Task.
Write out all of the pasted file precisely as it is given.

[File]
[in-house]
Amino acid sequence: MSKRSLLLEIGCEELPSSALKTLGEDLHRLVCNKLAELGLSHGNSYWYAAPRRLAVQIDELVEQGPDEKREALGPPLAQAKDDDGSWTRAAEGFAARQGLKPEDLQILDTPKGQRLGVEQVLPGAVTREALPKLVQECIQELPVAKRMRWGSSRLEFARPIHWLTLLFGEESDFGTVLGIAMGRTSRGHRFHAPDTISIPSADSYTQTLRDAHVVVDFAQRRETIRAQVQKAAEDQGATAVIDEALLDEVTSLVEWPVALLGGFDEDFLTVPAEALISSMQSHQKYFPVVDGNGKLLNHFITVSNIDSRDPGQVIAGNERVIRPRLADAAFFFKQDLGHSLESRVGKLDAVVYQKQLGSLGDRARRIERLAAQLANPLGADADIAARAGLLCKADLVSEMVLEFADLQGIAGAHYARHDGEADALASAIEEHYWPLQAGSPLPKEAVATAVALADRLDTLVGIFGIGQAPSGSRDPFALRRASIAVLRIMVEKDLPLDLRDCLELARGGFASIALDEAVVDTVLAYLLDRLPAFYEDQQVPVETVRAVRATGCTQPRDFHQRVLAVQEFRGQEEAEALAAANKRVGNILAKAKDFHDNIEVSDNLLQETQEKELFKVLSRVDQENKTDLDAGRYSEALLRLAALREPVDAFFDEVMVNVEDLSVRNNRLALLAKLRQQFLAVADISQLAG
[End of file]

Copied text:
[in-house]
Amino acid sequence: MSKRSLLLEIGCEELPSSALKTLGEDLHRLVCNKLAELGLSHGNSYWYAAPRRLAVQIDELVEQGPDEKREALGPPLAQAKDDDGSWTRAAEGFAARQGLKPEDLQILDTPKGQRLGVEQVLPGAVTREALPKLVQECIQELPVAKRMRWGSSRLEFARPIHWLTLLFGEESDFGTVLGIAMGRTSRGHRFHAPDTISIPSADSYTQTLRDAHVVVDFAQRRETIRAQVQKAAEDQGATAVIDEALLDEVTSLVEWPVALLGGFDEDFLTVPAEALISSMQSHQKYFPVVDGNGKLLNHFITVSNIDSRDPGQVIAGNERVIRPRLADAAFFFKQDLGHSLESRVGKLDAVVYQKQLGSLGDRARRIERLAAQLANPLGADADIAARAGLLCKADLVSEMVLEFADLQGIAGAHYARHDGEADALASAIEEHYWPLQAGSPLPKEAVATAVALADRLDTLVGIFGIGQAPSGSRDPFALRRASIAVLRIMVEKDLPLDLRDCLELARGGFASIALDEAVVDTVLAYLLDRLPAFYEDQQVPVETVRAVRATGCTQPRDFHQRVLAVQEFRGQEEAEALAAANKRVGNILAKAKDFHDNIEVSDNLLQETQEKELFKVLSRVDQENKTDLDAGRYSEALLRLAALREPVDAFFDEVMVNVEDLSVRNNRLALLAKLRQQFLAVADISQLAG